A CPAP (continuous positive airway pressure) therapy is the most commonly prescribed and effective treatment for sleep apnea disorders. Sleep apnea is a serious condition that interrupts breathing during sleep. The cause is often because the throat or airways briefly collapse or something temporarily blocks them. To best understand how these machines help, we need to know how they work.
How Does A CPAP Machine Work?
CPAP machines send a steady flow of air into your mouth and nose, allowing your airways to stay open and helping you breathe normally. Sleep apnea patients have found that using a CPAP machine regularly is the best way to reduce symptoms such as daytime drowsiness. However, if you’ve recently been diagnosed, you might be curious about what your CPAP machine does when you stop breathing. We’re here to explain!
What Happens When I Stop Breathing?
The primary purpose of CPAP therapy is to give your body a continuous flow of air to prevent lapses in breathing. Patients love CPAP therapy once they adjust to the treatment and realize that it can end restless nights. But how exactly does it work?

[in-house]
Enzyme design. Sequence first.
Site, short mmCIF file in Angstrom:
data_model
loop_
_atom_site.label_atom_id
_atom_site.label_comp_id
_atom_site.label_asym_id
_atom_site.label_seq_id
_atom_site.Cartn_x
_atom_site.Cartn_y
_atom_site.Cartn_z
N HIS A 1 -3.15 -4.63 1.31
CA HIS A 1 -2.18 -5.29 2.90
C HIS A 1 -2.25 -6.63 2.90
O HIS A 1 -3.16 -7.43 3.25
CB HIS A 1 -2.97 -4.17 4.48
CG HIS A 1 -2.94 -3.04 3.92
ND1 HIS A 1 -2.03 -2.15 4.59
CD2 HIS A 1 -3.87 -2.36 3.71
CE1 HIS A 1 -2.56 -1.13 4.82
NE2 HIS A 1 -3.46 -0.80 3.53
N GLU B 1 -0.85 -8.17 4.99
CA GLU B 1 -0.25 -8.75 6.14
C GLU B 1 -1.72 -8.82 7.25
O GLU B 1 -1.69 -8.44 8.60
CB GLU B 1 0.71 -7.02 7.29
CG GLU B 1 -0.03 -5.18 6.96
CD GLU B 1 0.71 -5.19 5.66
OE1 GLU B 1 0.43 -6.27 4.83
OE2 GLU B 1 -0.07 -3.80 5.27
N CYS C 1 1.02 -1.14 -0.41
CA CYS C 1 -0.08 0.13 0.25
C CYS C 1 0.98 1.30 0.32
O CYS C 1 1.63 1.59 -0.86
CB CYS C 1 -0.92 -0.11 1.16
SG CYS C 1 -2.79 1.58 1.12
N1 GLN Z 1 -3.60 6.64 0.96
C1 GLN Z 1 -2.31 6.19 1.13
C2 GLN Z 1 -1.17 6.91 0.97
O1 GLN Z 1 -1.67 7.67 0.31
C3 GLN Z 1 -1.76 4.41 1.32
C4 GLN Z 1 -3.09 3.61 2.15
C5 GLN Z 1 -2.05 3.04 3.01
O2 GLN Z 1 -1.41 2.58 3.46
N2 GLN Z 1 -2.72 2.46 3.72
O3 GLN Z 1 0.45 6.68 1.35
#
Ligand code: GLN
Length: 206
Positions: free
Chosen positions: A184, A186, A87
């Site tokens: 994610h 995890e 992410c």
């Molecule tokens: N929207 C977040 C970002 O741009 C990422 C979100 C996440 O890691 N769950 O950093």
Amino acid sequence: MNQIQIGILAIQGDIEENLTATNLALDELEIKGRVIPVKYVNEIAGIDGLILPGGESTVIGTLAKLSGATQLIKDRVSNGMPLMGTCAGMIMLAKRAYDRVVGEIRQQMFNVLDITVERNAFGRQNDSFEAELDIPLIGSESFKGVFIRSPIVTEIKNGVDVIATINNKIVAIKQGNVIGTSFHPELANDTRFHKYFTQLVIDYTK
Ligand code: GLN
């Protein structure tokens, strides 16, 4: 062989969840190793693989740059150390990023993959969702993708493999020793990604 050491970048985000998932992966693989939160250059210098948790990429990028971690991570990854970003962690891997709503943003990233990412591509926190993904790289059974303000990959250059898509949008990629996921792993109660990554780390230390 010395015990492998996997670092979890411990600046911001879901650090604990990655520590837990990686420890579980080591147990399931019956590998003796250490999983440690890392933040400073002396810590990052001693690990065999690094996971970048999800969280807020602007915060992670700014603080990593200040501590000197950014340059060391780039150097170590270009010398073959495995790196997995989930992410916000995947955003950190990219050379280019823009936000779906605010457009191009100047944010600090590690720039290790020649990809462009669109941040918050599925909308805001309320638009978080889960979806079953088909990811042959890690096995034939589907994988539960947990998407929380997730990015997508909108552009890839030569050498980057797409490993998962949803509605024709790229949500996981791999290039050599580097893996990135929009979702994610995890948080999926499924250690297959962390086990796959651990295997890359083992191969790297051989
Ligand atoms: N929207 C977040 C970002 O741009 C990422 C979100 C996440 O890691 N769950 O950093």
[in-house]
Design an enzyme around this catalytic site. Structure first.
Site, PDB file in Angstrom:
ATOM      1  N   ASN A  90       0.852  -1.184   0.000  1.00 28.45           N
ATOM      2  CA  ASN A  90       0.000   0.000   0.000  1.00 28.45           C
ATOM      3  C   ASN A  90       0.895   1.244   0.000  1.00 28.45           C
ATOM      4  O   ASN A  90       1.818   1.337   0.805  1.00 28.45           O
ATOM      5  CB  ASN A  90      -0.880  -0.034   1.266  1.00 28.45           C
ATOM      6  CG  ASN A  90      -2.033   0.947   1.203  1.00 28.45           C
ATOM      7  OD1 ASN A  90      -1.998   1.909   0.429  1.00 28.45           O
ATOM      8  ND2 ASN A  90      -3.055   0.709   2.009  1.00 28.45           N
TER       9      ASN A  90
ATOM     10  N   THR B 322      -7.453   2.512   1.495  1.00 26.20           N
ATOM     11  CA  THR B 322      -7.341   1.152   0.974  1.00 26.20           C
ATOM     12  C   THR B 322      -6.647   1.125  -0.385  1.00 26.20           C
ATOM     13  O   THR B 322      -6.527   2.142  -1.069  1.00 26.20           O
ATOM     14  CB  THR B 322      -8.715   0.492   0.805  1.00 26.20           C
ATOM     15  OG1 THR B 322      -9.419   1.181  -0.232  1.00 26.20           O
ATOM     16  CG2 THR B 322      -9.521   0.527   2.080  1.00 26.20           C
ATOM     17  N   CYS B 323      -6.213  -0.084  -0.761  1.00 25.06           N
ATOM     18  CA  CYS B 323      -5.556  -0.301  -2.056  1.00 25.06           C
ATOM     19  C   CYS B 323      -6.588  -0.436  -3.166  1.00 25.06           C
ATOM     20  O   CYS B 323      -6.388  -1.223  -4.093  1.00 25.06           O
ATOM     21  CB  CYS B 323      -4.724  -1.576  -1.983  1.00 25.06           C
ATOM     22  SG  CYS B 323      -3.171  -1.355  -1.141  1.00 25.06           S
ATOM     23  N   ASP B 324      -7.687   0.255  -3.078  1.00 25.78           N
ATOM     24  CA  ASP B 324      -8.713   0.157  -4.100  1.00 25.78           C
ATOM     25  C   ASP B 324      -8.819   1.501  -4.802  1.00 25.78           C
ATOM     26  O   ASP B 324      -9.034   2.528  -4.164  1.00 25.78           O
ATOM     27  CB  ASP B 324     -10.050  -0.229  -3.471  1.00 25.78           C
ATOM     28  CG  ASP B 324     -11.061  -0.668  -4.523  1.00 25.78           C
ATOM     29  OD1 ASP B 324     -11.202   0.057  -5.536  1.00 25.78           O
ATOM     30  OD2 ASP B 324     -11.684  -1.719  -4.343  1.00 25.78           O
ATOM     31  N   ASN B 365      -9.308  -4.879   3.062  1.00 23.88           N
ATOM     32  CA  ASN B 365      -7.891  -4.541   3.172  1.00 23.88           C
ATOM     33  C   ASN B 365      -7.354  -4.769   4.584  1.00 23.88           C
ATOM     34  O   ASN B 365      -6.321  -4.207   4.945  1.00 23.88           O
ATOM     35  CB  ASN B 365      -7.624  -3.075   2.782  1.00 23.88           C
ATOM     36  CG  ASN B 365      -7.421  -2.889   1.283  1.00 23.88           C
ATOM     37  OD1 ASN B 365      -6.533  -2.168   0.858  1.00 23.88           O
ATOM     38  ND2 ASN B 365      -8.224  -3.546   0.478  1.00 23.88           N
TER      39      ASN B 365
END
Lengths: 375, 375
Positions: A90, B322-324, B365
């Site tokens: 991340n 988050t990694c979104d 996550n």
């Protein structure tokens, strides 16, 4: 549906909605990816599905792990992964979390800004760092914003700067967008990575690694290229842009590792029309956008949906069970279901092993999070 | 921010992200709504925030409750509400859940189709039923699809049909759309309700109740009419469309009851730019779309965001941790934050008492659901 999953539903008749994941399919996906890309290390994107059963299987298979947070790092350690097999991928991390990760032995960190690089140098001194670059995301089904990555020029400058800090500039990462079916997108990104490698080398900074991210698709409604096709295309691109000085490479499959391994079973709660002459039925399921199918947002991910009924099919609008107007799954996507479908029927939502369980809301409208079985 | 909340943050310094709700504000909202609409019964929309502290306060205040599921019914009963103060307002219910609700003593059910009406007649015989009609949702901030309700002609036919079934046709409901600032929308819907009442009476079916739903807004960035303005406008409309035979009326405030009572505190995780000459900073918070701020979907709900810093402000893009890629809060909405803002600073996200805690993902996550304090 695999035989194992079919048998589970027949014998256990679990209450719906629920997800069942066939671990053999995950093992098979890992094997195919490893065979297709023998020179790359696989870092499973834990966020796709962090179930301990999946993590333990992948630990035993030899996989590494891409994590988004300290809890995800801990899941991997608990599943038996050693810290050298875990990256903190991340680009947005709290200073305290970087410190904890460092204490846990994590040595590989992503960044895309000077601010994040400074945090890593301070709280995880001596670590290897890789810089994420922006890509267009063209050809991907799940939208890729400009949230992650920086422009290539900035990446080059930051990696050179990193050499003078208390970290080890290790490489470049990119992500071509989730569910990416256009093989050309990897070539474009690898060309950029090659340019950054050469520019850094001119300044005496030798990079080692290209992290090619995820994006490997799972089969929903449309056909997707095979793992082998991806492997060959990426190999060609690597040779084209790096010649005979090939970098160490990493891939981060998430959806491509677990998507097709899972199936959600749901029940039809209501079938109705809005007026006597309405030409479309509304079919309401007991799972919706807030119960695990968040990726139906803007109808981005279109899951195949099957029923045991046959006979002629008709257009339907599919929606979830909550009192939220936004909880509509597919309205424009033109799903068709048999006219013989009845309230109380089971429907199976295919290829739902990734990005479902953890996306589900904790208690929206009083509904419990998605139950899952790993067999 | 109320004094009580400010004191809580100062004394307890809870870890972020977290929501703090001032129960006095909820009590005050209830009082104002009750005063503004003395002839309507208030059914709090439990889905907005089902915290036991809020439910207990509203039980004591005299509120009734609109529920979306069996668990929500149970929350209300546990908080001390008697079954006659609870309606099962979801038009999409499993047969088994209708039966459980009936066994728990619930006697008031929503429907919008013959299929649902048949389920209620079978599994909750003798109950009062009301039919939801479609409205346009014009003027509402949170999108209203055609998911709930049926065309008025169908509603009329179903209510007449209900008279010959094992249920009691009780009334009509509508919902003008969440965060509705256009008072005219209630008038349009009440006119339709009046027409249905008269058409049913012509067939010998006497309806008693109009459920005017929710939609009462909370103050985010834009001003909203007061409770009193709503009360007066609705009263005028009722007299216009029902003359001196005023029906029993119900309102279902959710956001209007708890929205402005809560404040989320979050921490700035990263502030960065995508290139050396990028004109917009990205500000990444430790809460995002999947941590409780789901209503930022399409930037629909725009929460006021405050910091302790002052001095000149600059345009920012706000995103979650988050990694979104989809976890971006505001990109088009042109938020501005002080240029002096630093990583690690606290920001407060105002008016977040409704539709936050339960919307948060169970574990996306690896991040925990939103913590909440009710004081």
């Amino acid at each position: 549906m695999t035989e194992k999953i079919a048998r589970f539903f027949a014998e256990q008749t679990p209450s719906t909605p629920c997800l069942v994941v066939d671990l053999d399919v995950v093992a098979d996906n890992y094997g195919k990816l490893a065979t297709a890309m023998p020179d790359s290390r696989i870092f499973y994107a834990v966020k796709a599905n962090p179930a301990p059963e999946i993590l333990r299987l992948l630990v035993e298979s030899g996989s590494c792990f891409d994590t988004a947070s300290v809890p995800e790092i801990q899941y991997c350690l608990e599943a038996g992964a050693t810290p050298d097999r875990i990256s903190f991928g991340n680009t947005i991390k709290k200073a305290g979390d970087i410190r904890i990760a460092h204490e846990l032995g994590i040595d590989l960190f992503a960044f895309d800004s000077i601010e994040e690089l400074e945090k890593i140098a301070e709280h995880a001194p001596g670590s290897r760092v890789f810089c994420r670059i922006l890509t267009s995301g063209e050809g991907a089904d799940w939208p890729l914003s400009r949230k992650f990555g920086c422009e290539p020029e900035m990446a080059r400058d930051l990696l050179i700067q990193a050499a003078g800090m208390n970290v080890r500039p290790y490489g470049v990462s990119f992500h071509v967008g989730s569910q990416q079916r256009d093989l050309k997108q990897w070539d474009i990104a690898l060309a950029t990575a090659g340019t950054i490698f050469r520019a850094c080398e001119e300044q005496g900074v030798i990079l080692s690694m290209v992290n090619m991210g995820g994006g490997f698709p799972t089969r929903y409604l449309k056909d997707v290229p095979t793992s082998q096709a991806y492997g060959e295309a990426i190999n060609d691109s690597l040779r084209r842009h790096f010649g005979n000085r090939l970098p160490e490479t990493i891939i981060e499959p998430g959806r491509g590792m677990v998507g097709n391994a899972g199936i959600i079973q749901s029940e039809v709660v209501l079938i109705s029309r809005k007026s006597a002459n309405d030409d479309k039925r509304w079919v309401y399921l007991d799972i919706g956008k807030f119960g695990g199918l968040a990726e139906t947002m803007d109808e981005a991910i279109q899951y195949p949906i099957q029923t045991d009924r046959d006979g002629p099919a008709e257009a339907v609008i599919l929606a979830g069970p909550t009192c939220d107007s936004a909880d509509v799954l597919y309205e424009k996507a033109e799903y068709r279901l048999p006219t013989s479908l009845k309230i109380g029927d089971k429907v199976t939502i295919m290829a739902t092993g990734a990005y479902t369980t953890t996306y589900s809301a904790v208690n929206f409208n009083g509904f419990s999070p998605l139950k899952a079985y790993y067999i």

First, your CPAP motor generates a pressurized air stream that travels through an air filter into a flexible tube. This tube is attached to your CPAP mask; there are a few different designs. Your sleep experts will help you determine the best, most comfortable one for you. Next, the mask is sealed to your nose or mouth, and throughout the night, the airstream from your machine pushes against any blockages ensuring your airways stay open and your lungs receive plenty of oxygen.
Where Can I Go To Learn More?
If you or someone you know suffers from sleep apnea but hasn’t had a sleep study, the experts at The Sleep Center at Pulmonary & Sleep Medicine, PC, specialize in sleep studies. We can schedule your sleep study, monitor your sleep, diagnose your issues, and recommend treatment options so you can receive the optimal rest you need to feel your best. If you’d like to learn more about what happens in a sleep study, click here. Then, if you’re ready to take control of your health and contact us, we’re here to help.